Dr. Nicole LePera

Dr. Nicole LePera



We've mistaken longevity as the measure of a successful marriage. Here's a different way to look at what makes a successful marriage (or relationship) and why the end of a relationship doesn't mean you've failed. A THREAD ๐Ÿงต:

Longevity is viewed as the tell-tale sign of a successful marriage in our society. We celebrate anniversary milestones and admire couples who've been together for decades, but this says little (if anything) about the emotional health of the relationship.

The reality is: many long term relationships are disconnected, dysfunctional, or involve an ongoing lack of transparency. For some, staying together simply means tolerating each other. Or living as distant strangers.

And at times, it means living within normalized abuse. The cultural conditioning goes even deeper in that we believe the end of a marriage means we've failed.

And that the sole goal of any relationship is to keep it connected in the way we believed it would be, forever.

This conditioning can keep us stuck in cycles where: our needs aren't met, our vision or dreams aren't acknowledged, and we live within the resentment that comes when we consistently betray ourselves to keep a relationship going.

The goal of a relationship is actually to create a safe space for mutual freedom and evolution--whatever that looks like for you, as a partnership. Otherwise known as mature love.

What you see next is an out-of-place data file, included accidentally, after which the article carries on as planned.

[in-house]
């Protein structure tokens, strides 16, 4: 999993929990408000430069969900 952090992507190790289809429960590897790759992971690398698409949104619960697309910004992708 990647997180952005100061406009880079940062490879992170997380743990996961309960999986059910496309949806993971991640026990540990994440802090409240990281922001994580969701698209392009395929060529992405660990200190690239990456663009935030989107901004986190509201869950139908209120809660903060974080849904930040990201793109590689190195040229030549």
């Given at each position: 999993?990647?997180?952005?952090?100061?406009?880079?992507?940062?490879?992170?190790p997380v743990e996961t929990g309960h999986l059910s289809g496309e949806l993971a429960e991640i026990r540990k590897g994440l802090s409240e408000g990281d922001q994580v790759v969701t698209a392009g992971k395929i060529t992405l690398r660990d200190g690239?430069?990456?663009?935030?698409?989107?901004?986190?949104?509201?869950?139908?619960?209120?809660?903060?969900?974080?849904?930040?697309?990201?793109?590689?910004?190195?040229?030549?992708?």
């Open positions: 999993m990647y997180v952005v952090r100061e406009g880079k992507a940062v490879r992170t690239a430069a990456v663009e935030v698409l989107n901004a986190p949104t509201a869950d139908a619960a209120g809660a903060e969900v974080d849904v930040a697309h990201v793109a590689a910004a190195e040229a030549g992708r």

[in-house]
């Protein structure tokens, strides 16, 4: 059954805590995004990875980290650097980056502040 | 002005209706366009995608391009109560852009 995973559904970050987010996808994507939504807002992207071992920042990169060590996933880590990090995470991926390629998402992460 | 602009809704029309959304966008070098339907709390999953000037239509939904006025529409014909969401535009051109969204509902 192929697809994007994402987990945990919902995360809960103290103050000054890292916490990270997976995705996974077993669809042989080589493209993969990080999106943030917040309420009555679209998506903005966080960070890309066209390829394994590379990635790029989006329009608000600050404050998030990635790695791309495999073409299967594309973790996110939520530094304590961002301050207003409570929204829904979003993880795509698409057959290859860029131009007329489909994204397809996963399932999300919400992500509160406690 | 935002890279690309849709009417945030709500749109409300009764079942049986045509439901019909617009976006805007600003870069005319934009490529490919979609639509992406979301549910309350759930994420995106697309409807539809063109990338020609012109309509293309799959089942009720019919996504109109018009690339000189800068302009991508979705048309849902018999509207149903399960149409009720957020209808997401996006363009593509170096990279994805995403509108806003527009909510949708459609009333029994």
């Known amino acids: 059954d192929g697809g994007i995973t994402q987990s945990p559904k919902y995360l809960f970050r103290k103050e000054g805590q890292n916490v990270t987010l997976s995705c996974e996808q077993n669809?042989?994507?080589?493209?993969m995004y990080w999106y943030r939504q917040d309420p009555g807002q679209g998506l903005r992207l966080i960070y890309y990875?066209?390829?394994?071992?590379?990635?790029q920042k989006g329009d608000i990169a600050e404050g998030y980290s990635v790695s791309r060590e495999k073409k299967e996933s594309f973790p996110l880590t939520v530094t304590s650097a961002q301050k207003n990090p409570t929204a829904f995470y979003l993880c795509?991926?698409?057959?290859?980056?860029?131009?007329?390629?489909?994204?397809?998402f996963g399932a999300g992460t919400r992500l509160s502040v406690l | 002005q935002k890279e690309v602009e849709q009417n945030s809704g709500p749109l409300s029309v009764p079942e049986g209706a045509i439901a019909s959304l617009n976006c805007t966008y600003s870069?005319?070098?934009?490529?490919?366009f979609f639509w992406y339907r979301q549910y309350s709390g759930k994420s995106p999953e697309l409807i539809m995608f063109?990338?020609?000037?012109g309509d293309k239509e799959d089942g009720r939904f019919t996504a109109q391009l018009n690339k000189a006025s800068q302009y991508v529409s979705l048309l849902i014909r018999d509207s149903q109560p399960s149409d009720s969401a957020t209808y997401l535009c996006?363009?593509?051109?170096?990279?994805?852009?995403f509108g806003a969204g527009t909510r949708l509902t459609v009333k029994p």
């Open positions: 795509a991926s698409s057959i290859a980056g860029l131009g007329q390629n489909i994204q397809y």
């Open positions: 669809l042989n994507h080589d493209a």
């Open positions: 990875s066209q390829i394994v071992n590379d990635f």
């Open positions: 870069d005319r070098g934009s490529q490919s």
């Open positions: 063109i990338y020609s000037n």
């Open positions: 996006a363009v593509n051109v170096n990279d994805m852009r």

Mature love involves: - transparency, authenticity, and vulnerability - understanding each other's trauma and how that shows up in the relationship - creating a safe space for self expression (something few of us had or witnessed as children)

- working past our egos - learning how to communicate, directly - learning to meet your own needs and the needs of your partner - learning how to navigate life as a team - consistent forgiveness of self and partner

In mature love, we create the safe connection needed to have true emotional intimacy. And on this path, we may come to the realization that our partnership doesn't work.

Ex: we understand that our needs simply won't be met, we have different values, we have a drastically different vision for the relationship, we notice our partner is not committed to themselves, substance abuse begins, or a non-negotiable has changed.

*A non-negotiable is something that must be present in the relationship for you to stay with in it. Ex: your partner must want to have children or you must be supported in having a career.

The end of a relationship can be a radical act of self love. And, (yes even when you have children) it can be powerful modeling of learning how to: release or let go, end something when it's toxic, or to trust yourself and your own intuition.

When a relationship ends, it's not a failure if you've learned and grown from the experience. For example: - Did you learn about who you are on a deeper level? - Are you more clear of what you want, and what you don't want?

- Are you more clear on what value you bring to a partnership? - Do you know the parts of yourself that you need to work on? - Do you see the role you've played in the past relationships dynamic

- Are you aware of what you'll do differently? - Are you aware of your relational triggers and better able to manage them?

Ultimately, people change. Relationships shift. Our needs shift as we age. And we outgrow people. This isn't a moral issue, it's a natural part of human existence.

Sometimes, the end of a relationship can mean it's the first time you've chosen yourself. And that is something to celebrate.

If you found this thread helpful follow: @Theholisticpsyc I write threads every day on how to heal yourself.

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